The Lost Lane venue in Dublin is bustling with activity this week as the Ireland Music Week festival returns to a fully live and in-person format. Listen to an essential playlist of this year's featured acts above.

50 acts will play the festival while almost 70 international bookers, labels, publishers, managers and others in the music industry will attend workshops, talks and the all important live showcase gigs .

Supported by Culture Ireland, the week aims to show the international music world what Ireland has to offer, and put performers at an early stage in their careers in touch with music industry professionals.

However although the live scene here is exceptionally busy, with performers leaving the Covid imposed online streams behind and hitting the stages again, the live entertainment industry is far from immune from the general cost of living crisis.

Targeted initiatives such as the Basic Income for Artists are very welcome but artists still have to contend with rising rent and transport prices, while the venues themselves will be keeping an anxious eye on the rising cost of light and heat.

Performer Shobsy, best known for his stunning version of 'Small Town Boy' on the Late Late Show earlier this year says that venues are now more important to artists than ever before.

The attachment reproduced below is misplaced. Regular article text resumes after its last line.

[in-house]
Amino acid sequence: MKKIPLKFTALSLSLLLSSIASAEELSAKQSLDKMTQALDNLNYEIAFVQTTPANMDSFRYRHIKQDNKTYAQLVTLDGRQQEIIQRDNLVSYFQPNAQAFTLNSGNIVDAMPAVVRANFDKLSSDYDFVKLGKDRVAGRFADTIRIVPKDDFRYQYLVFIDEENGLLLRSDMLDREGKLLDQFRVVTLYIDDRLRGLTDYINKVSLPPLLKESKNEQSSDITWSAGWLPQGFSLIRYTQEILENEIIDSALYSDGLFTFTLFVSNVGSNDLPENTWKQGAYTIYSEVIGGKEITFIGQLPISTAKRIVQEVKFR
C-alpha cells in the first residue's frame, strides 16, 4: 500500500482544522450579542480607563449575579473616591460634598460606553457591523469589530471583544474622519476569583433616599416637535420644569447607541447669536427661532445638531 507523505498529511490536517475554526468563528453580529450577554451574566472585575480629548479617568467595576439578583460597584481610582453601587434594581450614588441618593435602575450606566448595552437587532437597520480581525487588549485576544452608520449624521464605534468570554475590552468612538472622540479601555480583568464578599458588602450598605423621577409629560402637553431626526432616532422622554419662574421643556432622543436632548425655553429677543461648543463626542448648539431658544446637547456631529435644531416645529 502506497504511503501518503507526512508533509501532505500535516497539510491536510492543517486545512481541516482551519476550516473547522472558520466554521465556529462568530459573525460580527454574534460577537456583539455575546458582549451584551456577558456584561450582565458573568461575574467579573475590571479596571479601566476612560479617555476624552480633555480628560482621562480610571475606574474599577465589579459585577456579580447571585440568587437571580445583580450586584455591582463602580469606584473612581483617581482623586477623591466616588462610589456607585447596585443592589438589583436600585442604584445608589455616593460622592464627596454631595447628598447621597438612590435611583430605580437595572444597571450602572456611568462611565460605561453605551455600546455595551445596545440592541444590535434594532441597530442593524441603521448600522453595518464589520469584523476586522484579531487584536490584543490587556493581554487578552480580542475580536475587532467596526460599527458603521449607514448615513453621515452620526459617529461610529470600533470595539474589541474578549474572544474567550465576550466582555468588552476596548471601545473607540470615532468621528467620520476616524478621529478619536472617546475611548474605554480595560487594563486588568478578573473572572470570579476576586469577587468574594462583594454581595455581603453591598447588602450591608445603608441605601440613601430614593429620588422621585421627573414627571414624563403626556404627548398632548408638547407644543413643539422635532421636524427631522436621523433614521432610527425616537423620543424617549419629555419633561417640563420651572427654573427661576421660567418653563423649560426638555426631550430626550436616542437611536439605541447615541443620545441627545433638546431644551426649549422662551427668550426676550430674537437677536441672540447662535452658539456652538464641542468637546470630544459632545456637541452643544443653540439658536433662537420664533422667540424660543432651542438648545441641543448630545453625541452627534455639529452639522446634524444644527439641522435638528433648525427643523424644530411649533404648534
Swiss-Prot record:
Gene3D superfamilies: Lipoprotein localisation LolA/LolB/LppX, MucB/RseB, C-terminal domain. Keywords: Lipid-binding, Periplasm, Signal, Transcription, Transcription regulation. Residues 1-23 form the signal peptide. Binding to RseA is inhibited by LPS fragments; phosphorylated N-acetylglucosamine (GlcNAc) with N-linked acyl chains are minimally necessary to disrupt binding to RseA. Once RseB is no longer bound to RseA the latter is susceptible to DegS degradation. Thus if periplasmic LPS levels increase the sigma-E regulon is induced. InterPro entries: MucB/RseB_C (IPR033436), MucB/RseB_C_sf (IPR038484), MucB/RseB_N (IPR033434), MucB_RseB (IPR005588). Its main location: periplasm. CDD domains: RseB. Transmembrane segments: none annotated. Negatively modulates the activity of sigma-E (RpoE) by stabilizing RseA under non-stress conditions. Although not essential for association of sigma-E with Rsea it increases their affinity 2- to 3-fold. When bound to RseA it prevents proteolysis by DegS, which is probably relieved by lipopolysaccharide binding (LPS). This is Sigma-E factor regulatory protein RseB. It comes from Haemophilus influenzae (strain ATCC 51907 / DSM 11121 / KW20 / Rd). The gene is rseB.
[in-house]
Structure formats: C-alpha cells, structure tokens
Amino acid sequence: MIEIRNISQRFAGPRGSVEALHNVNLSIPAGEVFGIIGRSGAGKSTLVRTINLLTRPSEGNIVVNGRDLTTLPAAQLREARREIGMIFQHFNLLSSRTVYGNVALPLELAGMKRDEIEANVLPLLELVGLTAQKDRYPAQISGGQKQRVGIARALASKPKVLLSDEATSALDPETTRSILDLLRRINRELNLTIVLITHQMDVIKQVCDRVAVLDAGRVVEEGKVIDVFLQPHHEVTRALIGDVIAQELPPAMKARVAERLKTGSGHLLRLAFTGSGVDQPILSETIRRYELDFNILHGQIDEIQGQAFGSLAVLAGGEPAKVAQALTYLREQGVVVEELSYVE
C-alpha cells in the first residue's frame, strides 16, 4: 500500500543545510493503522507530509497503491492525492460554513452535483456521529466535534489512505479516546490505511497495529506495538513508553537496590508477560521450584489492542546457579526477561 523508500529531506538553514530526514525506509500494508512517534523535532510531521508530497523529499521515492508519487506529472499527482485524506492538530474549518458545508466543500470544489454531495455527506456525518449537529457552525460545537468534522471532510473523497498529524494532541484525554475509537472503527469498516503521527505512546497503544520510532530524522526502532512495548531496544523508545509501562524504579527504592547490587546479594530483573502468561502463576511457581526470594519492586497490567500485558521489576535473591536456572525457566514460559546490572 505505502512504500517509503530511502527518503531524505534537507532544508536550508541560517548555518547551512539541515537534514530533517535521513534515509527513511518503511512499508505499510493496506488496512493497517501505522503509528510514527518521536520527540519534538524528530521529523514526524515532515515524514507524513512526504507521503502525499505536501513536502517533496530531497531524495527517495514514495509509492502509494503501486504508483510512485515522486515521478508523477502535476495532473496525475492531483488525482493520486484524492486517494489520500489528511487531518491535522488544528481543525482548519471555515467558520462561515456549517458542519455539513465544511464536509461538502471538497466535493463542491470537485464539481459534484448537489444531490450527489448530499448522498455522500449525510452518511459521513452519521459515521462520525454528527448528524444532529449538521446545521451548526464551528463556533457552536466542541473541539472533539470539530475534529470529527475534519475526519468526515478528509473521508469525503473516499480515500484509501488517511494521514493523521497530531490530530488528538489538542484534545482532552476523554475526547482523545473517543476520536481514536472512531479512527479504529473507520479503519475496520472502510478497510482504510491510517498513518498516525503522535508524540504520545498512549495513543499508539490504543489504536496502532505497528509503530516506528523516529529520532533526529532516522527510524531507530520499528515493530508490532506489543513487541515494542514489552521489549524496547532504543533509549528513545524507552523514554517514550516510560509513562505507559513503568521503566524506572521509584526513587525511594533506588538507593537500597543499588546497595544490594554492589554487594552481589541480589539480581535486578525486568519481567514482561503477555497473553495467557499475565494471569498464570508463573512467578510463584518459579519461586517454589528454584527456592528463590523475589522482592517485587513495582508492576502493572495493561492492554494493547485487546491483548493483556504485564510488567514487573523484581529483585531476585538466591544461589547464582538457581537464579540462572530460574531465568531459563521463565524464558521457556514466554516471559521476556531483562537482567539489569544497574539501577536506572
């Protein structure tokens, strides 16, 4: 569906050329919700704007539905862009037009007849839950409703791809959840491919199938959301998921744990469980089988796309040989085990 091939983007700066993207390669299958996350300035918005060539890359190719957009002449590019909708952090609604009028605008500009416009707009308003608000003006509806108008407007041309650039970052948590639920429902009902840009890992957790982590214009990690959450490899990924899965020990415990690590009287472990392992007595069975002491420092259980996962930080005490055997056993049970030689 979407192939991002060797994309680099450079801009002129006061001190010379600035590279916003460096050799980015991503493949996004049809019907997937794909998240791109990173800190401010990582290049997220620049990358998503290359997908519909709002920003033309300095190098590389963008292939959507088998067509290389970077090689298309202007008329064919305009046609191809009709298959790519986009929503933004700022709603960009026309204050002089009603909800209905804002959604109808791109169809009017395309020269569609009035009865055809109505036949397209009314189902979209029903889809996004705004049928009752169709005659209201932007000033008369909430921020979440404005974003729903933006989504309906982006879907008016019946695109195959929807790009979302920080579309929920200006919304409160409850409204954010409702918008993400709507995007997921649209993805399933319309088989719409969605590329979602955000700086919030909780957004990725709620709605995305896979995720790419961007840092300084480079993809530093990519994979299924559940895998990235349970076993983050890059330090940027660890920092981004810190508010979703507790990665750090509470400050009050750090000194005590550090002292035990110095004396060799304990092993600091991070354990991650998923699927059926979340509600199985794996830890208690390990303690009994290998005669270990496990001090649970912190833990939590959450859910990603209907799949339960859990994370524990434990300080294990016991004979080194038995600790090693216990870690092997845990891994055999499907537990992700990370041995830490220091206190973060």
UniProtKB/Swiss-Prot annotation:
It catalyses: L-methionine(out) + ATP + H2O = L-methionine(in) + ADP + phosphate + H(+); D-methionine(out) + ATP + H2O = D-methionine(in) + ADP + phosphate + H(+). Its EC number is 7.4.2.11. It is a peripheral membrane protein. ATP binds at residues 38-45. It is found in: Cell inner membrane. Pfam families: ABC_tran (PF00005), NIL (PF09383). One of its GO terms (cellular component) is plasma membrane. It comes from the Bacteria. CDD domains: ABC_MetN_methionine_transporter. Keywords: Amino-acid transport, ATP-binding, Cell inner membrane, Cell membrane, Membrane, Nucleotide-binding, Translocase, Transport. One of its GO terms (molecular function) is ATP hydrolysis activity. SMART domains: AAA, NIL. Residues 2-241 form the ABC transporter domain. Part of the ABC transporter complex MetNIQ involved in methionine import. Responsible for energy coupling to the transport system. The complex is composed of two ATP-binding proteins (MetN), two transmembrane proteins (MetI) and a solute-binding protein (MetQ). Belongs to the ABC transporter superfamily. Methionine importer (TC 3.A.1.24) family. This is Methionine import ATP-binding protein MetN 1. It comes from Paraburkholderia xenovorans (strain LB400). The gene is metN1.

Shobsy is one of the emerging acts featured at this year's IMW

He says that playing live rather than selling music is the main way for musicians to make a living so it's vital that venues be supported, both as a place to play and a place where musicians can simply meet up and share ideas.

Singer Bobbi Arlo, who is not on the Basic Income scheme, works in retail to support her music career. At the age of 24 she's still living at home and says although she'd love to get her own place, at the moment all of her money is being channelled towards establishing herself as a performer.

Angela Dorgan, of First Music Contact who is also the chair of the National Campaign for the Arts says the cost of living crisis is the third crisis the entertainment industry has faced in recent years. She said musicians are very resilient and will work as hard as they can to keep playing and performing. She's also aware that audiences might not be financially able to come out to gigs if their living expenses rise, and says Ireland Music Week has reduced its entrance fee for this reason.

Many of the performers featuring in this week's showcase had to hone their craft at home and online because of Covid and Angela Dorgan said they deserve great praise for getting themselves to a stage where they can play live again. She praised Arts Minister Catherine Martin for supports put in place during Covid and appealed to audiences to continue to support the arts as the industry gets back on its feet.

The Ireland Music Week 2022 showcase and conference is at various venues from 4th-7th October - find out more about this year's programme here.